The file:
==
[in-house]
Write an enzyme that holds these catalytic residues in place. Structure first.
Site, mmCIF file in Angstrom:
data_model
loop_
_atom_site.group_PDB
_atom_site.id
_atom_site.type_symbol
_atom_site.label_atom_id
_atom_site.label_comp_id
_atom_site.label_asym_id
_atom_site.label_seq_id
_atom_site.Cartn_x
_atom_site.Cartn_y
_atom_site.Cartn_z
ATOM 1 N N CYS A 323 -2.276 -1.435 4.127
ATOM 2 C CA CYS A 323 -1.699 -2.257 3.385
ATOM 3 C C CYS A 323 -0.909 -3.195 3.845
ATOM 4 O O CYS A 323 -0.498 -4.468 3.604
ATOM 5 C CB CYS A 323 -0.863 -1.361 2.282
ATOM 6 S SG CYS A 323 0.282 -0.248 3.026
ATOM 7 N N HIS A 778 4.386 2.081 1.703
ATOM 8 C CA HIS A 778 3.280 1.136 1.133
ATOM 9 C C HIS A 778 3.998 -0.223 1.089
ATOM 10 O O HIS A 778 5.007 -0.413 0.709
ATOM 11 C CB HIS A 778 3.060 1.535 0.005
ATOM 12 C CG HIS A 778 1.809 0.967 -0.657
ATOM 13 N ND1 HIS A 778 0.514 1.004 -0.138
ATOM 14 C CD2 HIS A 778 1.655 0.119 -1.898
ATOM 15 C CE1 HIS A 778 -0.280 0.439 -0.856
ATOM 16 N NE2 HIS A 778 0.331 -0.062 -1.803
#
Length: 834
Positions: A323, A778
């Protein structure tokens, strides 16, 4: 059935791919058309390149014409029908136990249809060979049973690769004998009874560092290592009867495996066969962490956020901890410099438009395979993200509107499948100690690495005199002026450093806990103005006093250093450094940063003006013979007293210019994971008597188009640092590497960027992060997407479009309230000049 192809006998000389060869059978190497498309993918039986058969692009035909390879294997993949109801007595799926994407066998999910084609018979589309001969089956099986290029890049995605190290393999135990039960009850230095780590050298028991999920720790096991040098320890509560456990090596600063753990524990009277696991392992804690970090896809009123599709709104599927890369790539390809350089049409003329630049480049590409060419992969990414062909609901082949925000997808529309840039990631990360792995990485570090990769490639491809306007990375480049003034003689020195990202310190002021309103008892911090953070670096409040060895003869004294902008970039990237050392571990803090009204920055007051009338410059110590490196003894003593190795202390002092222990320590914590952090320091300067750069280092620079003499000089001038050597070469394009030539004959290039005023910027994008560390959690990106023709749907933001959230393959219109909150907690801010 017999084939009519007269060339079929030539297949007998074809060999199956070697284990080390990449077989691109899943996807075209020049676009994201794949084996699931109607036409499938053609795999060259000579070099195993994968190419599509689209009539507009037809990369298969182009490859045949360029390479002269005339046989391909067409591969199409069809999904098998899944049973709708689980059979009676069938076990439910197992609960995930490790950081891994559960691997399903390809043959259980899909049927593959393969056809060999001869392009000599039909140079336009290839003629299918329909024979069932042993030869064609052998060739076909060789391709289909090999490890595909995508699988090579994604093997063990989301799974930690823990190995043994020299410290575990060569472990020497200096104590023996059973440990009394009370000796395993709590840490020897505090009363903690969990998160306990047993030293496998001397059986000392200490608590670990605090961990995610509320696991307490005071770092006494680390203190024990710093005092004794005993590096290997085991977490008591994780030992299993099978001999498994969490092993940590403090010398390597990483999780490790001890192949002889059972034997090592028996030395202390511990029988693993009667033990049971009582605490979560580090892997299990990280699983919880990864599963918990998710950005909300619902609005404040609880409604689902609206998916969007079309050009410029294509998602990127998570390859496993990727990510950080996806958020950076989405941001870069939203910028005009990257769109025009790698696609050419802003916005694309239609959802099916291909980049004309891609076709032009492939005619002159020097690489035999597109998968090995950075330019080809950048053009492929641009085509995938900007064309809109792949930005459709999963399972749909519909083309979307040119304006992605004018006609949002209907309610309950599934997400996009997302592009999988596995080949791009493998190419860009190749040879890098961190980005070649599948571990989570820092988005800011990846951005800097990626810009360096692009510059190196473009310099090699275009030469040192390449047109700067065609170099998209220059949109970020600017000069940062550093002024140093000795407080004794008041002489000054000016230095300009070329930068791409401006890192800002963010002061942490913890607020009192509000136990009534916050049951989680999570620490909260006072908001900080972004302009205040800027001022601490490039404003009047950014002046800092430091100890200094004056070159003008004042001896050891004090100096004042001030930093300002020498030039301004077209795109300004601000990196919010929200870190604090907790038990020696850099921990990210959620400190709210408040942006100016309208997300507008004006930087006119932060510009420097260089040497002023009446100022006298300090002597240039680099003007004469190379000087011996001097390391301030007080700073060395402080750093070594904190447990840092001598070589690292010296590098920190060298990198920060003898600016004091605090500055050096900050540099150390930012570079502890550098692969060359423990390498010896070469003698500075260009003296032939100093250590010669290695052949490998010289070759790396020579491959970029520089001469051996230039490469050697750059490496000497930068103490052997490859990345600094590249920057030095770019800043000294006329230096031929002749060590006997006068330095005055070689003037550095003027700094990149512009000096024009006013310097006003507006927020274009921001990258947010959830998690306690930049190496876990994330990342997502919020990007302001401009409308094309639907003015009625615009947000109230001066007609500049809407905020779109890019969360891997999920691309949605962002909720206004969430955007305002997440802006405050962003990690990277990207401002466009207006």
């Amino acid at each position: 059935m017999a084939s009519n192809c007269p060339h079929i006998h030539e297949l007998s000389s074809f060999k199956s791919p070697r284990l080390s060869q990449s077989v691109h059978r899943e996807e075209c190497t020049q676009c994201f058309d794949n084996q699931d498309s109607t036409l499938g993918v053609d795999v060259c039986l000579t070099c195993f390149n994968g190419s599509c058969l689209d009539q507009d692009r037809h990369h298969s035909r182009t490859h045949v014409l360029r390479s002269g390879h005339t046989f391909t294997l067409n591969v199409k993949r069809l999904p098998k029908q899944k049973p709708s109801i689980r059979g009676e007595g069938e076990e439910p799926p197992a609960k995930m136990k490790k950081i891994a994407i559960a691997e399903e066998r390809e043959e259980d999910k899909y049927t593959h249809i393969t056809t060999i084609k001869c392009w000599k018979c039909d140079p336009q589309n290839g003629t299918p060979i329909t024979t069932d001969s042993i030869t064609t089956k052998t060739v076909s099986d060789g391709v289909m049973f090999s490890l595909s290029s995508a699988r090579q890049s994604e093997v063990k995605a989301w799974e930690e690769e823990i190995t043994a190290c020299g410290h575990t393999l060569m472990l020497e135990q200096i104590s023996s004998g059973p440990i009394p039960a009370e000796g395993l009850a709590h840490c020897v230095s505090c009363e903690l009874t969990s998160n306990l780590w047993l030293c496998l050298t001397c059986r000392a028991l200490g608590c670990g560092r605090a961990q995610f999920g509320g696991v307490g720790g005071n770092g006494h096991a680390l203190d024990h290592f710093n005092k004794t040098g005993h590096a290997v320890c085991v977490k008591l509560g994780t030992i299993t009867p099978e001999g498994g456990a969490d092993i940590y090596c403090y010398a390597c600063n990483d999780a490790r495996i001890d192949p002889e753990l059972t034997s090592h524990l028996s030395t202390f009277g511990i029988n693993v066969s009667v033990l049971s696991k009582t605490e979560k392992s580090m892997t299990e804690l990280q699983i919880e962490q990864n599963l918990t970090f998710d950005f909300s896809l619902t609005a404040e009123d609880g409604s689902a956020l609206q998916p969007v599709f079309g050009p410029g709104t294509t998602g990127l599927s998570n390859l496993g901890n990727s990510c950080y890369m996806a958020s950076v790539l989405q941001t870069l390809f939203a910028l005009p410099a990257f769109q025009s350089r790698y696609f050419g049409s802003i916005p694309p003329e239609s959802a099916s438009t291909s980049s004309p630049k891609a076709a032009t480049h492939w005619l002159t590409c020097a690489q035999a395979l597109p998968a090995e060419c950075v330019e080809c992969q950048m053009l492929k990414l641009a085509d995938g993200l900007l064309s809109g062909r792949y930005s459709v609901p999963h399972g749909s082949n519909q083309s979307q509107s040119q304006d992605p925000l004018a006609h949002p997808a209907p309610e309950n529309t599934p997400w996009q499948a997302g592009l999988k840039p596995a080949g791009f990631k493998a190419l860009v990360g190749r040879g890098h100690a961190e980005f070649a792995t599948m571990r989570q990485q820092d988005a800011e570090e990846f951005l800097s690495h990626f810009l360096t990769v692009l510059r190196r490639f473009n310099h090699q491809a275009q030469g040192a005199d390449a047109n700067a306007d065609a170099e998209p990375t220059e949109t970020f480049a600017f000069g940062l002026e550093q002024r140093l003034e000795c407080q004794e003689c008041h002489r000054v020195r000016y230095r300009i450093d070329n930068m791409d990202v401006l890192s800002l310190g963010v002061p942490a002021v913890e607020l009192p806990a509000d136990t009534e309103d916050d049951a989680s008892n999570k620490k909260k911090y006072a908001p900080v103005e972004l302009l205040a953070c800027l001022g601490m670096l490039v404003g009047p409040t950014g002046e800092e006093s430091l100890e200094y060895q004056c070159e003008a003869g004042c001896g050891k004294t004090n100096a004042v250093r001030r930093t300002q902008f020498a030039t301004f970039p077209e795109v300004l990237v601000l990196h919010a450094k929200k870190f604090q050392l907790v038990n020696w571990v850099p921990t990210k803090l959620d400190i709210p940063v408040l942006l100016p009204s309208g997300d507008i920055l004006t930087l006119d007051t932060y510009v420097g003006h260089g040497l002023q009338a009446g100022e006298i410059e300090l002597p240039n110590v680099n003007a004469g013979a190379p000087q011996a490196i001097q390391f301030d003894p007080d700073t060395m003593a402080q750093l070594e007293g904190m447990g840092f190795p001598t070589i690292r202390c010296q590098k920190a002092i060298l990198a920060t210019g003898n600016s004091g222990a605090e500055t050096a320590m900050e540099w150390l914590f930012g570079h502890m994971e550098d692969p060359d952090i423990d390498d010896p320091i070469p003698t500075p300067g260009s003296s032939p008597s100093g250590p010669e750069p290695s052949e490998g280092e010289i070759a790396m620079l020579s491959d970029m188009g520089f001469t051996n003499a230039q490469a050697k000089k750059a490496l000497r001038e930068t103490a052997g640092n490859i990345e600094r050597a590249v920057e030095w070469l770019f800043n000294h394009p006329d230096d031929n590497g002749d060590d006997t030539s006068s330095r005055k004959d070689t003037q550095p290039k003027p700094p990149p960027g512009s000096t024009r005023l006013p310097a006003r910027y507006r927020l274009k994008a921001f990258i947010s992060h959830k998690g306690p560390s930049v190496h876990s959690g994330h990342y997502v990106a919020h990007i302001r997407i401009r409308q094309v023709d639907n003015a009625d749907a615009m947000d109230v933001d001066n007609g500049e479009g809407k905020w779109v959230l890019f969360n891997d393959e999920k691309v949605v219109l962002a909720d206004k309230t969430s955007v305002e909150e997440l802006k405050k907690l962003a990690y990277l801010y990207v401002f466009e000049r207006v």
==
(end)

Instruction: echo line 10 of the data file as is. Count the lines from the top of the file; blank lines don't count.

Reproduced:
_atom_site.label_comp_id